After that close call, Thor didn’t have much trouble at all in the group stage, taking eight out of nine possible points from the round, only losing the one point for failing to knockout Shockwave within the three minute limit.
As I mentioned in Shockwave’s section above, everything changed when Shockwave replaced its scoop for the steel wedge in the heat final, and it was Thor that was bossed around the arena and sent to the bottom of the pit.
It’s a disappointing result for Thor, but with it being so dominating in the round robin stage I think that right now it has to be considered the favorite for the wildcard berth to the grand final at season’s end.
Tough as Nails
Tough as Nails is a Robot Wars veteran, entering Sunday’s heat with an all-time record of 5-3, and it was my personal pick to advance to the grand finals from Heat B.
It got off to a promising start, clamping onto Thor with its jaws, but once Shockwave intervened it was the beginning of the end for Tough as Nails, as it was rendered immobile and exited the competition earlier than most probably expected.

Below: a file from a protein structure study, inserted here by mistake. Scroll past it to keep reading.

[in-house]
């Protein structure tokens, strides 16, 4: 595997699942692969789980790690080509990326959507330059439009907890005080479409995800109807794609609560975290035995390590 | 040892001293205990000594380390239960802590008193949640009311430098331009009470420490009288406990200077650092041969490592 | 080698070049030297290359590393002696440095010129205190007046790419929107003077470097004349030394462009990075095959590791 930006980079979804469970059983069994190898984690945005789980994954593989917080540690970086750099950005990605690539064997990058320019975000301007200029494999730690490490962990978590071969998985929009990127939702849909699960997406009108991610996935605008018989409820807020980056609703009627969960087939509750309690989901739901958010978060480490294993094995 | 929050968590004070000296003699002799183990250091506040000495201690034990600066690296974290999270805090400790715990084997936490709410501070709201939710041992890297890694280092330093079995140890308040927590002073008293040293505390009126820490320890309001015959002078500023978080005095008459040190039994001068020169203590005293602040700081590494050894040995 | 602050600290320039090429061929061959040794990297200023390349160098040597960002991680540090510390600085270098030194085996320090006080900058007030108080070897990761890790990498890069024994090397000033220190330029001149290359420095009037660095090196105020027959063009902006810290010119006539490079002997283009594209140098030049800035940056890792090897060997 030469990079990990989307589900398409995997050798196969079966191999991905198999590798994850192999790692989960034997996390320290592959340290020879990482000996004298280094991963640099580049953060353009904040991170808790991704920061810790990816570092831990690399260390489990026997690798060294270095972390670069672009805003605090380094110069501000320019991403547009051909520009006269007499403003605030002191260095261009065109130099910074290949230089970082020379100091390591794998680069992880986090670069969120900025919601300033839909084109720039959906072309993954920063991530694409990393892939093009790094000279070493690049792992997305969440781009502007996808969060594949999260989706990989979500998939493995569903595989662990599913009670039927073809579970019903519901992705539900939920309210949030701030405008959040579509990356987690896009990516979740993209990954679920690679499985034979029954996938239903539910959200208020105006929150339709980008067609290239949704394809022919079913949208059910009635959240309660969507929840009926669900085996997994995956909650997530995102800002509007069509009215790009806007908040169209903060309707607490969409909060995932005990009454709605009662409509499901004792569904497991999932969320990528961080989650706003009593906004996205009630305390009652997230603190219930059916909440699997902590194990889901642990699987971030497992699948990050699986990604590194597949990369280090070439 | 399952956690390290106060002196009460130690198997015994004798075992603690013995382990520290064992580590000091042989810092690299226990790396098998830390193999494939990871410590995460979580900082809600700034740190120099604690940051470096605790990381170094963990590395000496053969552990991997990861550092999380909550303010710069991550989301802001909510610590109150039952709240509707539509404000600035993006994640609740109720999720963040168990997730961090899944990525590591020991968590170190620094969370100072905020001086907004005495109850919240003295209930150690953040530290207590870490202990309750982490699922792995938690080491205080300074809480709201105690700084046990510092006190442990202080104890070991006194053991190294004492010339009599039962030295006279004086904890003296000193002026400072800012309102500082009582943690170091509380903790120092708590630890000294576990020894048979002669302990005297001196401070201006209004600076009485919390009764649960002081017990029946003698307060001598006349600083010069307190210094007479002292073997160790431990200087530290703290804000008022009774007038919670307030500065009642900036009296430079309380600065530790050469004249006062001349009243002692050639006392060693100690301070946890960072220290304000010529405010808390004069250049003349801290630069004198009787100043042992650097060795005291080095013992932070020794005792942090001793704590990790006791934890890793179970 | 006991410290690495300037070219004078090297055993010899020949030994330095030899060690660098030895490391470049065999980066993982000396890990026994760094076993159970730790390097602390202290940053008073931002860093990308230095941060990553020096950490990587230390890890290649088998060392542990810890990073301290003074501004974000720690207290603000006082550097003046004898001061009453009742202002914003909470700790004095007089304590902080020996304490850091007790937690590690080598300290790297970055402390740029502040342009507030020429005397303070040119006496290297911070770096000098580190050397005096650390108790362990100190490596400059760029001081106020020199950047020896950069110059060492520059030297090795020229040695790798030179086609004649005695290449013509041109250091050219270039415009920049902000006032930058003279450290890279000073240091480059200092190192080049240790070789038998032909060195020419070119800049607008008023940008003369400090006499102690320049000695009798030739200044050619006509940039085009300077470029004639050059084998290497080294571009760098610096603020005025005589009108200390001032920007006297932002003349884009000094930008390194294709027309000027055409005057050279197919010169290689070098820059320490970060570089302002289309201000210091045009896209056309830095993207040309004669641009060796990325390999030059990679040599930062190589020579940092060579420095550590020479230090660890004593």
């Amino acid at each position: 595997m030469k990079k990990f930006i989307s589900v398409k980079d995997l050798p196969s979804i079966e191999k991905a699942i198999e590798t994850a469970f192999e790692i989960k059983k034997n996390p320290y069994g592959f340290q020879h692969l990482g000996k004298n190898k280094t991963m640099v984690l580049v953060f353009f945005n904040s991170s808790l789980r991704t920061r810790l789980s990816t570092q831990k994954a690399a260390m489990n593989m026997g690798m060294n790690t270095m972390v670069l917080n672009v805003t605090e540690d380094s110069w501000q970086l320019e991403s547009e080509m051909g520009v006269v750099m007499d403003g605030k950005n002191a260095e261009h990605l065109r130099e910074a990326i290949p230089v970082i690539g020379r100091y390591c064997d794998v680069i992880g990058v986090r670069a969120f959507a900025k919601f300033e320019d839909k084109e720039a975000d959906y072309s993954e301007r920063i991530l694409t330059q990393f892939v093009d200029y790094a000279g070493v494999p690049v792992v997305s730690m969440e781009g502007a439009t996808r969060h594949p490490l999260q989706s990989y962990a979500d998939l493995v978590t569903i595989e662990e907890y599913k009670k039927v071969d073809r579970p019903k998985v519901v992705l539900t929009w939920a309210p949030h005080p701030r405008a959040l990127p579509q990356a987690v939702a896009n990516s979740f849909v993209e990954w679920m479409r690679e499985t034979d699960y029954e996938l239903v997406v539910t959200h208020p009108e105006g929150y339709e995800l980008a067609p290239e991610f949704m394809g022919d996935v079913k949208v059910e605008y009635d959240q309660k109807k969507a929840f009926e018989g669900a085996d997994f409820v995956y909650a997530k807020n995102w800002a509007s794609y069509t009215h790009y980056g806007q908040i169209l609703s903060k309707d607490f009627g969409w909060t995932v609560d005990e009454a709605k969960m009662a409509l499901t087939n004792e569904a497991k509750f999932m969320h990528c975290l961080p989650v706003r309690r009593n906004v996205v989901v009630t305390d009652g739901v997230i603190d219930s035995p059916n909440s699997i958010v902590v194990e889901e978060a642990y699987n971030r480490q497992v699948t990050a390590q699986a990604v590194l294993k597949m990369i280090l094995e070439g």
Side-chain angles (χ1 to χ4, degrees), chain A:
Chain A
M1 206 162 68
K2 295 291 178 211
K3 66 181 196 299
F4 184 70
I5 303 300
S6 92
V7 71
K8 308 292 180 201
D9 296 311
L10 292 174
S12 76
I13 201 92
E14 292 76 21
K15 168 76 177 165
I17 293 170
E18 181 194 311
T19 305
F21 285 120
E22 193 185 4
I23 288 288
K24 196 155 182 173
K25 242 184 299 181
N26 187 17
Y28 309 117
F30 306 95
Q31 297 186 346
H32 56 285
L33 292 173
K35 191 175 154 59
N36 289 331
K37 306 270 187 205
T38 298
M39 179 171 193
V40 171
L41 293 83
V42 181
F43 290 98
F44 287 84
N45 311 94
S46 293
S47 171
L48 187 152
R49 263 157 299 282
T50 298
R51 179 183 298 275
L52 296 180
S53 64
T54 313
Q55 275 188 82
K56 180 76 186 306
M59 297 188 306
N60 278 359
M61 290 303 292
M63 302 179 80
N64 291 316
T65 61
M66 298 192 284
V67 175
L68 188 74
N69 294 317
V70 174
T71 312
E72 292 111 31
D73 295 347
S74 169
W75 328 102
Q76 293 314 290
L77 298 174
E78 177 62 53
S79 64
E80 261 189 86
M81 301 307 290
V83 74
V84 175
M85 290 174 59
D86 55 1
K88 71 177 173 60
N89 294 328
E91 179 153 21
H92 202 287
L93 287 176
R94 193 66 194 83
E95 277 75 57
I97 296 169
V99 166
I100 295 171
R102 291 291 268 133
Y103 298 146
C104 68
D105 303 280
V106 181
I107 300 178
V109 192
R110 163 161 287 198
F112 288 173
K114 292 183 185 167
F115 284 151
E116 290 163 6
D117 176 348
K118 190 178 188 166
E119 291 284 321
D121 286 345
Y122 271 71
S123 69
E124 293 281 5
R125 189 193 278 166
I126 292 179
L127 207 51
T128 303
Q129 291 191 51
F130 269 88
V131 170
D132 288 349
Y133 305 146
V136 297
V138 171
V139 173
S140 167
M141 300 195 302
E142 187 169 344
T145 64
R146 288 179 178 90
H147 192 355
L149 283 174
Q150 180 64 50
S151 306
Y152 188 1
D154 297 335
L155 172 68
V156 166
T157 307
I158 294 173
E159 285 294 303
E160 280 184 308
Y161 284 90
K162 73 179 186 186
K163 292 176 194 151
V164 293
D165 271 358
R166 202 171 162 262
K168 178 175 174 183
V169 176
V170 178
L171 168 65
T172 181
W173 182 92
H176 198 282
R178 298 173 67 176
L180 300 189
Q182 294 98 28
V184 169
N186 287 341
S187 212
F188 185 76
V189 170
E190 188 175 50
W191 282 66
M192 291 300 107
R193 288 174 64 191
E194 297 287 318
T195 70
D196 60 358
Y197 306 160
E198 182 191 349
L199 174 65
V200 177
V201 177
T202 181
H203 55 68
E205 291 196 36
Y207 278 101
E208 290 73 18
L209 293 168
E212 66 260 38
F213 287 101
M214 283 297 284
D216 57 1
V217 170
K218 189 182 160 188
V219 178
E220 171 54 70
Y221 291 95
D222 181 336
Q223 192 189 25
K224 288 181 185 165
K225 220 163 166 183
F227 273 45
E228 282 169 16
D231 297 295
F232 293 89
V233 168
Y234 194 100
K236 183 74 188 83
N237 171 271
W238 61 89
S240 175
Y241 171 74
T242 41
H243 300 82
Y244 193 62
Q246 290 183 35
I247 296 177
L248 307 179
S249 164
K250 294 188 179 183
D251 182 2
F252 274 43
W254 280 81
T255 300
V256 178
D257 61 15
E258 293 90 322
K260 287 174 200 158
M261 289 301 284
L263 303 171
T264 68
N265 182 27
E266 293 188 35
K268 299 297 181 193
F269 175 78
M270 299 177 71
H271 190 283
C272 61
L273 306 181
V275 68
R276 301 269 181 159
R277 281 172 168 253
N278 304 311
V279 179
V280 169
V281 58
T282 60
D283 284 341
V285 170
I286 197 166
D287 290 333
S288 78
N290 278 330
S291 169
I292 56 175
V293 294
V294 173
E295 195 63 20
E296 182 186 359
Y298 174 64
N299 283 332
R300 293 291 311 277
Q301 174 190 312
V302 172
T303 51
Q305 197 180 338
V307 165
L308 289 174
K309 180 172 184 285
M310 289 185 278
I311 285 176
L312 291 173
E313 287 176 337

If Tough as Nails was slotted into the other rumble of the episode, replacing one of Chimera, Draven, Foxic, or M.R. Speed Squared, you’d have to think that it would’ve advanced to the round robin stage and had a chance to make the heat final, but instead it appears that TAN and the team will have to sit at home and hope for a second season in which it can make a comeback.
This was not nearly as thrilling as the first episode, but Heat B still delivered some fun moments and a handful of surprises with Tough as Nails failing to qualify for the round robin and Shockwave knocking out Thor in the heat final.
Next week Dantomkia, Supernova, and six other bots will enter the arena hoping to meet Carbide and Shockwave in the grand final, and hopefully we’ll see the quality of the matches exceed what we saw this week.